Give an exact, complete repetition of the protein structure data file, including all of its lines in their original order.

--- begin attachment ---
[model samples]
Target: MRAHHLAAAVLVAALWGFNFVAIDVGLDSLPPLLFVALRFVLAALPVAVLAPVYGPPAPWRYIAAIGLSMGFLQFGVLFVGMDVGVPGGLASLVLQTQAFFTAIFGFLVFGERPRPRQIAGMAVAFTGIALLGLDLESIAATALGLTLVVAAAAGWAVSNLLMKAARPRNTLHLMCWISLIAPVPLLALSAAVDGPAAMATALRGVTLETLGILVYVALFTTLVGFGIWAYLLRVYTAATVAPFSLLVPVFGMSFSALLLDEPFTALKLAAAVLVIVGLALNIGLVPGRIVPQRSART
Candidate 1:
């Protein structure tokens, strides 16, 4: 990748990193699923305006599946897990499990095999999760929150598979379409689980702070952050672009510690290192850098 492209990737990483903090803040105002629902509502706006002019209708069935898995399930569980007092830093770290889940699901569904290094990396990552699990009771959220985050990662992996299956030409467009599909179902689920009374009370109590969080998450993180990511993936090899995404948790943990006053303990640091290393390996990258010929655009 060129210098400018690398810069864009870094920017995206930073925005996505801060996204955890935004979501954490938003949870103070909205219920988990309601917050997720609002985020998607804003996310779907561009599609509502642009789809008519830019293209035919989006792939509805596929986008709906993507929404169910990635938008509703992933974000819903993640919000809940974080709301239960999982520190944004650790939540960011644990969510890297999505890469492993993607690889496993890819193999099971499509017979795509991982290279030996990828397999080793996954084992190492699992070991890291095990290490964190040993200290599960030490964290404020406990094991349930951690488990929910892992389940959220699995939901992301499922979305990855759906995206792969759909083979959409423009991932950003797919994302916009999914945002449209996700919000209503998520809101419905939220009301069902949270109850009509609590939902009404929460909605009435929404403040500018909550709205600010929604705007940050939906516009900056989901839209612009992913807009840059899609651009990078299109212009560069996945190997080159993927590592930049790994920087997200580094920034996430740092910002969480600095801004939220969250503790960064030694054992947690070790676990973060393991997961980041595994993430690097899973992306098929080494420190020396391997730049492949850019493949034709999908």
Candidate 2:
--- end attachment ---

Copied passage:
[model samples]
Target: MRAHHLAAAVLVAALWGFNFVAIDVGLDSLPPLLFVALRFVLAALPVAVLAPVYGPPAPWRYIAAIGLSMGFLQFGVLFVGMDVGVPGGLASLVLQTQAFFTAIFGFLVFGERPRPRQIAGMAVAFTGIALLGLDLESIAATALGLTLVVAAAAGWAVSNLLMKAARPRNTLHLMCWISLIAPVPLLALSAAVDGPAAMATALRGVTLETLGILVYVALFTTLVGFGIWAYLLRVYTAATVAPFSLLVPVFGMSFSALLLDEPFTALKLAAAVLVIVGLALNIGLVPGRIVPQRSART
Candidate 1:
């Protein structure tokens, strides 16, 4: 990748990193699923305006599946897990499990095999999760929150598979379409689980702070952050672009510690290192850098 492209990737990483903090803040105002629902509502706006002019209708069935898995399930569980007092830093770290889940699901569904290094990396990552699990009771959220985050990662992996299956030409467009599909179902689920009374009370109590969080998450993180990511993936090899995404948790943990006053303990640091290393390996990258010929655009 060129210098400018690398810069864009870094920017995206930073925005996505801060996204955890935004979501954490938003949870103070909205219920988990309601917050997720609002985020998607804003996310779907561009599609509502642009789809008519830019293209035919989006792939509805596929986008709906993507929404169910990635938008509703992933974000819903993640919000809940974080709301239960999982520190944004650790939540960011644990969510890297999505890469492993993607690889496993890819193999099971499509017979795509991982290279030996990828397999080793996954084992190492699992070991890291095990290490964190040993200290599960030490964290404020406990094991349930951690488990929910892992389940959220699995939901992301499922979305990855759906995206792969759909083979959409423009991932950003797919994302916009999914945002449209996700919000209503998520809101419905939220009301069902949270109850009509609590939902009404929460909605009435929404403040500018909550709205600010929604705007940050939906516009900056989901839209612009992913807009840059899609651009990078299109212009560069996945190997080159993927590592930049790994920087997200580094920034996430740092910002969480600095801004939220969250503790960064030694054992947690070790676990973060393991997961980041595994993430690097899973992306098929080494420190020396391997730049492949850019493949034709999908």
Candidate 2: